What’s with the obsession with Israel, World? Here’s Noa Tishby’s answer

This essay is excerpted and adapted from Noa Tishby’s book, “ISRAEL: A Simple Guide to The Most Misunderstood Country on Earth.” Hear Noa Tishby in conversation with Forward National Editor Rob Eshman on May 13 at 4 p.m. ET/ 1 p.m. PT, click here for details.

Israel is a touchy subject. But why? Why does Israel evoke so many emotions, some of them entirely irrational?

As someone who was raised on the liberal side of the political spectrum, my immediate answer to this question is simple: they hate us because we act badly. This is what I hear from many of my friends in both Israel and America. And the truth is—it’s true! We do sometimes act badly! But it’s not like other countries don’t act badly, right? Why such passion when Israel comes up?

Why aren’t the boycott movements, worldwide condemnations, political resolutions, international media headlines, demonstrations, and twitterstorms not equally directed at, say, China, North Korea, Syria, Iran, Venezuela, Yemen, Turkey, Russia, Saudi Arabia, Myanmar, Burundi, Egypt, Algeria, Sierra Leone, Pakistan, Libya, Iraq, and Chad?

Israel is misunderstood not only by the people who were intentionally educated to misunderstand her but also by the people who should really know better. Ironically, the answer might have to do with the very international body that played a central role in creating the State of Israel: the United Nations.

I love what the United Nations stands for. My grandfather Hanan Yavor worked in the diplomatic corps and was a member of the Israeli delegation to the United Nations, and I was honored to speak onstage at the General Assembly Hall in 2016 and 2018. I still get the chills every time I walk into that building.

In fact, one of the first major accomplishments of the baby United Nations was indeed the Partition Plan, which granted the Jews their state again. Thirty-three nations voted in favor of the resolution, thirteen opposed, and ten abstained.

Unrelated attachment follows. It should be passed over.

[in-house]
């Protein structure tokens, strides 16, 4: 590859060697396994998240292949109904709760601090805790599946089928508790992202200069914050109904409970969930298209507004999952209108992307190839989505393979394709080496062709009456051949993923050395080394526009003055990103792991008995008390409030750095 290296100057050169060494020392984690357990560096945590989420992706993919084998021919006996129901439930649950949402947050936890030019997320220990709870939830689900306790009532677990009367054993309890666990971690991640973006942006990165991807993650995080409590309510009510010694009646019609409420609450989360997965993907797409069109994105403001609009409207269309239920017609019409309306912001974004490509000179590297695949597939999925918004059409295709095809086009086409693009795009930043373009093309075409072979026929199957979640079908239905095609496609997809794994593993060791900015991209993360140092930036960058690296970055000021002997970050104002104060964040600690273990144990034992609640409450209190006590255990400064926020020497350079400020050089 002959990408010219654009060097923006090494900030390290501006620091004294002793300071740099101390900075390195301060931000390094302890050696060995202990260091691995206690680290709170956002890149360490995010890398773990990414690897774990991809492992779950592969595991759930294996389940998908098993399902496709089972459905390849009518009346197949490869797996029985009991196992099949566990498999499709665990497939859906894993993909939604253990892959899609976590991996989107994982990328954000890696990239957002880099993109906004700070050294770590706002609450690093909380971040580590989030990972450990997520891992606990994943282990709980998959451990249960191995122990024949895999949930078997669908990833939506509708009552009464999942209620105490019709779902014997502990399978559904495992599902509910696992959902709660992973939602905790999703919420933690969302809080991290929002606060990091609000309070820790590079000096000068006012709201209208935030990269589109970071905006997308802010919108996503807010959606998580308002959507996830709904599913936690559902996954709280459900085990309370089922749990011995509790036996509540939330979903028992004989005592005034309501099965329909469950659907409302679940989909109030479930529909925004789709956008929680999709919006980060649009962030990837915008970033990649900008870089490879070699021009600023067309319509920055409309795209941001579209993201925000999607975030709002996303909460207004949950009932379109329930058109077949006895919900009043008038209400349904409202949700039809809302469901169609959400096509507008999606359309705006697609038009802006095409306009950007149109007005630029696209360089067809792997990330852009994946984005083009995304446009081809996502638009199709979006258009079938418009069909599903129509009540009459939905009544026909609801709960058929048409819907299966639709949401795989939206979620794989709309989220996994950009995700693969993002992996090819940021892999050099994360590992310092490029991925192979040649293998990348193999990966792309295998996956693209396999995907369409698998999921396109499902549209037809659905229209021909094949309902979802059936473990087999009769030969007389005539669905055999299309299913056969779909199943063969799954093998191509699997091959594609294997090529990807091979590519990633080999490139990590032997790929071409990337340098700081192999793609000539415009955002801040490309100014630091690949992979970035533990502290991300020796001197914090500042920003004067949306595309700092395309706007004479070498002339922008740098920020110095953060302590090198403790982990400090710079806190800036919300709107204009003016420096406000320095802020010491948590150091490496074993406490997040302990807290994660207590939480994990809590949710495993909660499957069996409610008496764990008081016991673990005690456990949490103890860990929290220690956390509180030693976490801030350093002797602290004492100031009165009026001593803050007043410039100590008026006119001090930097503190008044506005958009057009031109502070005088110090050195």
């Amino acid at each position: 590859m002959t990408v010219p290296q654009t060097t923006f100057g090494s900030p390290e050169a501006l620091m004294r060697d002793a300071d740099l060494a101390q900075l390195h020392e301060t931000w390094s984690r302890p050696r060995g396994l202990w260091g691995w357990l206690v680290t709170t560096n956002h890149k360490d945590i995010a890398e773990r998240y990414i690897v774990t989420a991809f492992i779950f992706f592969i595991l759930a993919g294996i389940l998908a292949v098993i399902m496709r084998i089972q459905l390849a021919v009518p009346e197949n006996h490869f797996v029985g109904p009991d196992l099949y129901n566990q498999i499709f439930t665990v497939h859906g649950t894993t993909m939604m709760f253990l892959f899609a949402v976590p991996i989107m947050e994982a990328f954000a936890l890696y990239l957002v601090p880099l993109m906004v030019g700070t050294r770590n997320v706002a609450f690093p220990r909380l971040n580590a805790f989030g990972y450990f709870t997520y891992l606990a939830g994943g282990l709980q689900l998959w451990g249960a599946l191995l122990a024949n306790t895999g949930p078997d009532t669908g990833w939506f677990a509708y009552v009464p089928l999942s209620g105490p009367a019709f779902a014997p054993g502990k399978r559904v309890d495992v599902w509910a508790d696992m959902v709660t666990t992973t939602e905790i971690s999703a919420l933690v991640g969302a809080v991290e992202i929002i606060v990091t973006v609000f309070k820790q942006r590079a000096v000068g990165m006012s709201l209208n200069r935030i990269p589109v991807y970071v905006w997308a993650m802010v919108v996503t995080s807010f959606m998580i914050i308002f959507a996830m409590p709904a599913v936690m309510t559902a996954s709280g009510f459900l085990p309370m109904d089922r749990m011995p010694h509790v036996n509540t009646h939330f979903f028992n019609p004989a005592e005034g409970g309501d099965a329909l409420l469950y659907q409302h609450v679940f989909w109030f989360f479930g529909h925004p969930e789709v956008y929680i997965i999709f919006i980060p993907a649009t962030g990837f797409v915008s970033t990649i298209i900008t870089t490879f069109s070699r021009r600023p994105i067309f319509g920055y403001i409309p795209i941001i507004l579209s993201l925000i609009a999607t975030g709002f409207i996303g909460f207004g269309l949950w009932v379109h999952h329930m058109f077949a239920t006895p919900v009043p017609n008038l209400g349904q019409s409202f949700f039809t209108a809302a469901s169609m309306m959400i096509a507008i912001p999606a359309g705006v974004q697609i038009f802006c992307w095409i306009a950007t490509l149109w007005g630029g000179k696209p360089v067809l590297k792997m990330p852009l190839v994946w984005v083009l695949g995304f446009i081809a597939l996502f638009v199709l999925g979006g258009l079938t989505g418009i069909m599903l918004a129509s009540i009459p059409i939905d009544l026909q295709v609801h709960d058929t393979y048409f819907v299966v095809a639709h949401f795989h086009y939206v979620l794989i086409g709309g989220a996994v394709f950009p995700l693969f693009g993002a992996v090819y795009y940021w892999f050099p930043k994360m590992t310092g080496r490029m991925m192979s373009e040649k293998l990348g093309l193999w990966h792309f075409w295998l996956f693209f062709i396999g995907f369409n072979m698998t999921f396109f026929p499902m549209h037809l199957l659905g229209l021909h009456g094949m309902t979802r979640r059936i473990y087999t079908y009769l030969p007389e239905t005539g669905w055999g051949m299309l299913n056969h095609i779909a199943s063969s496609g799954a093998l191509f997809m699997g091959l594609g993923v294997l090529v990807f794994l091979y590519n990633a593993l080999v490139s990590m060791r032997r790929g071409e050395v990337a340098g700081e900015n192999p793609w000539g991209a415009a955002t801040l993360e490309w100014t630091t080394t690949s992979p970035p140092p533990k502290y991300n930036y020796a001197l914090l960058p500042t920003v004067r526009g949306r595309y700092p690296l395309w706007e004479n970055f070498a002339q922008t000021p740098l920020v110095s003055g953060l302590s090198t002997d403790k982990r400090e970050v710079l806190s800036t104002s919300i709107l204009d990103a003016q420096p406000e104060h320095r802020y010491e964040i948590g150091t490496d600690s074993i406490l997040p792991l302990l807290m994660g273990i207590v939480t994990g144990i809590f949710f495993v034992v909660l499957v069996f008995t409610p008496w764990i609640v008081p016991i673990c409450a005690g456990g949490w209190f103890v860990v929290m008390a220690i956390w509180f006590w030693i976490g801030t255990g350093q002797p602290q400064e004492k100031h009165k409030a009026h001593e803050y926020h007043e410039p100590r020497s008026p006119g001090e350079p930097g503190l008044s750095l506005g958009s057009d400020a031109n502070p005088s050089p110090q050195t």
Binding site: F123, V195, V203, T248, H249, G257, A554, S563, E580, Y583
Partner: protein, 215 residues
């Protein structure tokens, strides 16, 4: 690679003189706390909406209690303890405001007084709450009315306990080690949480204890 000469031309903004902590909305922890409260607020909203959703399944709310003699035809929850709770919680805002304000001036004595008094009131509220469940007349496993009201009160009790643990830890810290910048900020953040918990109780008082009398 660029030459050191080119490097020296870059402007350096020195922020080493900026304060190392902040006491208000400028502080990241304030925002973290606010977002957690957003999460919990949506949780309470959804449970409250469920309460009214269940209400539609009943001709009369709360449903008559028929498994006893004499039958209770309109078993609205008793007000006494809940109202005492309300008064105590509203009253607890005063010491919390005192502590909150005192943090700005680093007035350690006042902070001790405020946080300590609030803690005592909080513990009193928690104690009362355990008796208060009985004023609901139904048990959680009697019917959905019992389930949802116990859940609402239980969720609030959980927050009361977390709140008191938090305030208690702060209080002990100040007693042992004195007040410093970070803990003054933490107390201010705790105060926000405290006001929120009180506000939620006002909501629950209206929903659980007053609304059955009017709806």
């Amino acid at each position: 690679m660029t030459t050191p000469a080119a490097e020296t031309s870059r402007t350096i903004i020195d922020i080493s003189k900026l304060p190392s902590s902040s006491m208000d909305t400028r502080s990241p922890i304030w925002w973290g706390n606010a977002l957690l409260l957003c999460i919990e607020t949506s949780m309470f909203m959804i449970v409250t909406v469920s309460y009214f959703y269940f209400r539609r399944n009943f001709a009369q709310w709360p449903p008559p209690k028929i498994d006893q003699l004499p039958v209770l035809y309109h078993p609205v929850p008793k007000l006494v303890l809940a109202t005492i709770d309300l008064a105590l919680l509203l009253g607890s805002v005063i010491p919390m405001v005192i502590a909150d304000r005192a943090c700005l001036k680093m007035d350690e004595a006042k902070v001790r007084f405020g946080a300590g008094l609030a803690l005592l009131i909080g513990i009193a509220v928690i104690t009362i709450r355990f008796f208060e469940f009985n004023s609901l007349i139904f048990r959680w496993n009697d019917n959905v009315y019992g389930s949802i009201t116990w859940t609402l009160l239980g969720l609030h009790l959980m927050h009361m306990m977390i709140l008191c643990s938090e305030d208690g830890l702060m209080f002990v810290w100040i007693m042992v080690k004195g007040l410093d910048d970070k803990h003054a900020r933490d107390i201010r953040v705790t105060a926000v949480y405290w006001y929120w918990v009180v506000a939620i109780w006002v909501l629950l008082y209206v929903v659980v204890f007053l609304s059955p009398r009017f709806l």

When Israel was established in 1948, there were fifty-eight states who were members of the United Nations. Today, as a result of changing world borders and emergent countries, there are 193 members of the UN, 53 percent of them non-democracies, and herein lies at least one of the problems.

From its early days, Israel worked hard for international recognition, creating partnerships in hopes of being treated as an equal.

When colonialism was finally winding down and African countries were gaining their independence, Israel saw these countries as its kin and made a massive push to create diplomatic relationships and offer support. It wasn’t out of nowhere that the Israeli government pushed for relationships with Africa. This affinity is in the DNA of Zionism from the days of its inception, specified by none other than the father of Zionism, Theodor Herzl. The Zionists always believed the black communities and the Jewish communities had an unbreakable bond and a divine partnership in the fight against discrimination.

However, that special relationship started to erode in April 1955 at the first Afro-Asian conference in Bandung, Indonesia, when an anti-Israel sentiment started emerging. A surprise speaker at that conference was none other than Hitler’s buddy Palestinian leader Amin al-Husseini, who spoke against, you guessed it, Israel. Throughout the years to come, Arab countries continued to put financial and political pressure on countries in Africa and around the world while simultaneously working to exclude Israel from key groups in the UN.

Unfortunately, between the Arab pressure campaign and years of exclusion, the damage had been done and Israel turned into the UN’s supervillain and its favorite target. Here are some facts:

From 2015 to 2019, the United Nations General Assembly adopted more resolutions against Israel than against Iran, Syria, North Korea, and Russia combined. Israel was officially condemned ninety-six times, Syria seven, North Korea five, and Iran five—and China was condemned zero times.

In 2019 alone, the General Assembly of the UN adopted eighteen resolutions against Israel, and seven for every single other country in the world combined. One of the UN’s most important committees is the Commission on the Status of Women. Since 2015 this committee has issued only four condemnations, all targeting only one state. You got it. They were against the Israeli treatment of Palestinian women.